Wednesday Stories: Persimmons
You know what they say right? Once a year the gates open up, for a slice of a second and there you have the chance to cross over and talk to whoever you need to talk to. But you only have an hour, that was all you had. Who knows what happens after that hour. Stories have it that your flesh disintegrates, and your soul remains, that is if you have one. Some people do not.
Maya had often, in her dreams, saw her nanna calling out to her as if she had a message for her and she yearned, badly, to hear that message. Nanna was often inaudible in her dreams and so Maya set on a journey to find this gate she had once heard of but she found it, and when the time of the prediction came she hopped on the train, with a basket of persimmons, nanna’s favourite fruit, and followed the instructions of the Seer Mr. Galloway closely. She walked nine steps from the last car of the train and turned right. There, as she was told, she found a pillar. She knocked on it three times and sang the song of life loudly as she waited. After she had sung the chorus about three times the face of a little man appeared behind a tile and she heard a click. She pulled open the wall and stepped in.
There was a line. And it was a long line, and because the gate was only opened for a slice of a second there was a lot of bickering as to who would be at the front of the line. The gate though was huge and so as the face of the clock above them in that waiting room ticked on they crowded across the width of the gate in anticipation. Maya had told nanna she would be there, so as not to waste the hour she had, she told her nanna, in her dreams to wait for her by the gate. She hoped that nanna would hear her.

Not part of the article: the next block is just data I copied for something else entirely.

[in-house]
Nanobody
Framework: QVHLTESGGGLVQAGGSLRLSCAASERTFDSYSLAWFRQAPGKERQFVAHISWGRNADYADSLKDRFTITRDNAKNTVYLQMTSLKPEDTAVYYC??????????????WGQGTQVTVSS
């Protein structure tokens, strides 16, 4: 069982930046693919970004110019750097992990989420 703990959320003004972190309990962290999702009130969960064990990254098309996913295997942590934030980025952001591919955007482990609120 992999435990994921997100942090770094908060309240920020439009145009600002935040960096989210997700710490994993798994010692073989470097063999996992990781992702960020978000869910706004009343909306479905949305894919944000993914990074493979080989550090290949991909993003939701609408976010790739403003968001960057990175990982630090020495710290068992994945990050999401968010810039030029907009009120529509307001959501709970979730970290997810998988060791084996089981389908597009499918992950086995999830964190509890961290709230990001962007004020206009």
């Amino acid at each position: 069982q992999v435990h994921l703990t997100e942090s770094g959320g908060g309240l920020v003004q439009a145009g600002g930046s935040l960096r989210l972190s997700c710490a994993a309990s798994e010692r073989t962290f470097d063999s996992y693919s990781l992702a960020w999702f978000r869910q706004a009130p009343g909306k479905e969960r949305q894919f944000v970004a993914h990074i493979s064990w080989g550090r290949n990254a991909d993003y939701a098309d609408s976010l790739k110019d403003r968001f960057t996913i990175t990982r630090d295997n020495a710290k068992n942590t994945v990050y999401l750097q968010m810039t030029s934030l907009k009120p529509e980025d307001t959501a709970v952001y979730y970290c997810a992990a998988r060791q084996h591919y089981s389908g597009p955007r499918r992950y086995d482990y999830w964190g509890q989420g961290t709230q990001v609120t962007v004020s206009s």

Darkness loomed and as the cuckoo crept out of the clock a man, as fat as he was tall dragged himself towards the gate and opened it. The streams of people ran past him and Maya crept through and waited by the gate with her basket of persimmons, anxious. It was the first time she had crossed over and it was a rather strange feeling. The place was cold, dark, foggy and shadows crept about her. The shadows were said to be those that only had half a soul. They had sold the other half, and so they loom about unable to resume life on the other side. She looked nervously around as they flutter about her and the longest minute seemed to have passed, she was almost resigned to the fact that nanna did not hear her, or want to see her.
She sighed as she squeezed the handles of the basket. Cold sweat broke, and she felt a sort of terror at the fact that she had to wait for another good 50 minutes. The shadows had begun to thicken around her, hissing. Reaching out for the persimmons hopelessly, as their unformed fingers melt around the fruits. They sighed as they fluttered.
She thought of how sending a message to nanna through these shadows, and so she attempted to speak but before she could, the man who was as fat as he was tall growled at her. She looked up and realised he was still there, so she asked if she could leave him the message. He shook his head.
It was at least about another fifteen minutes before the graceful old lady came walking down the road. Darling, she called out, I am so sorry I missed the bus! She turned and in the greatest relief broke into tears.
Good grief, you are shivering dear child. Maya laughed as she cried and shook. She handed the basket of persimmons to her nanna who took them and told her. Now next time, you walk right down this street, take a left, and jump onto the bus that would be waiting. Get off at Steiner Ave and look for number 33. That is me, ok?
Maya nodded. Next time.
Next time Maya was braver.
And then there begun a whole series of conversations between Maya, and her dead nanna over persimmon schnapps and ginger biscuits.